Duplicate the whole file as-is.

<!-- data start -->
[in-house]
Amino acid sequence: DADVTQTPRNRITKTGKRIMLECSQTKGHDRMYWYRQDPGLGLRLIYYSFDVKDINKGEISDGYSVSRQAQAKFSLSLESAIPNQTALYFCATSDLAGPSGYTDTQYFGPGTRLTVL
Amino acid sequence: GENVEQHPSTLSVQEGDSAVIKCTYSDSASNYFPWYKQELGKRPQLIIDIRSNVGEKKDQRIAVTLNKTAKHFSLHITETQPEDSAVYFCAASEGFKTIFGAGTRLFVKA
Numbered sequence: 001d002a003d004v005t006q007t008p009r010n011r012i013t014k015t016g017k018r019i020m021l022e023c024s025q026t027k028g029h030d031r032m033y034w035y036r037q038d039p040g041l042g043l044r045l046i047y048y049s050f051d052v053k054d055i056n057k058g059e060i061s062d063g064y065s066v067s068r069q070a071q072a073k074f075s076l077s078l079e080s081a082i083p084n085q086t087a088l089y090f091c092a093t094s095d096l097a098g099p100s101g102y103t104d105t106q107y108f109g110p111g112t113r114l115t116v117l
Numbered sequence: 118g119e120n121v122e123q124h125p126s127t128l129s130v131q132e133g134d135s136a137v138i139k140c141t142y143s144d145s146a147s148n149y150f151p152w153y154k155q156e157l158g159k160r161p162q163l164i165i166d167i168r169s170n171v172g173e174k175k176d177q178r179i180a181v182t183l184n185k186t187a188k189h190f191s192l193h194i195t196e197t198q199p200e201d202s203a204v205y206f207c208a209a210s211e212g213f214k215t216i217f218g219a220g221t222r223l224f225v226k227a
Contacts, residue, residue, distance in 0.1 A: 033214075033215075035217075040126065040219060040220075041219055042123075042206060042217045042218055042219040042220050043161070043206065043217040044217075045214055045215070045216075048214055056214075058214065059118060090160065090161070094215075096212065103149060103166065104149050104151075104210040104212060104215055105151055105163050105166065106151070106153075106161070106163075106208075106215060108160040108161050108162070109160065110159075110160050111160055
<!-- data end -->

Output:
[in-house]
Amino acid sequence: DADVTQTPRNRITKTGKRIMLECSQTKGHDRMYWYRQDPGLGLRLIYYSFDVKDINKGEISDGYSVSRQAQAKFSLSLESAIPNQTALYFCATSDLAGPSGYTDTQYFGPGTRLTVL
Amino acid sequence: GENVEQHPSTLSVQEGDSAVIKCTYSDSASNYFPWYKQELGKRPQLIIDIRSNVGEKKDQRIAVTLNKTAKHFSLHITETQPEDSAVYFCAASEGFKTIFGAGTRLFVKA
Numbered sequence: 001d002a003d004v005t006q007t008p009r010n011r012i013t014k015t016g017k018r019i020m021l022e023c024s025q026t027k028g029h030d031r032m033y034w035y036r037q038d039p040g041l042g043l044r045l046i047y048y049s050f051d052v053k054d055i056n057k058g059e060i061s062d063g064y065s066v067s068r069q070a071q072a073k074f075s076l077s078l079e080s081a082i083p084n085q086t087a088l089y090f091c092a093t094s095d096l097a098g099p100s101g102y103t104d105t106q107y108f109g110p111g112t113r114l115t116v117l
Numbered sequence: 118g119e120n121v122e123q124h125p126s127t128l129s130v131q132e133g134d135s136a137v138i139k140c141t142y143s144d145s146a147s148n149y150f151p152w153y154k155q156e157l158g159k160r161p162q163l164i165i166d167i168r169s170n171v172g173e174k175k176d177q178r179i180a181v182t183l184n185k186t187a188k189h190f191s192l193h194i195t196e197t198q199p200e201d202s203a204v205y206f207c208a209a210s211e212g213f214k215t216i217f218g219a220g221t222r223l224f225v226k227a
Contacts, residue, residue, distance in 0.1 A: 033214075033215075035217075040126065040219060040220075041219055042123075042206060042217045042218055042219040042220050043161070043206065043217040044217075045214055045215070045216075048214055056214075058214065059118060090160065090161070094215075096212065103149060103166065104149050104151075104210040104212060104215055105151055105163050105166065106151070106153075106161070106163075106208075106215060108160040108161050108162070109160065110159075110160050111160055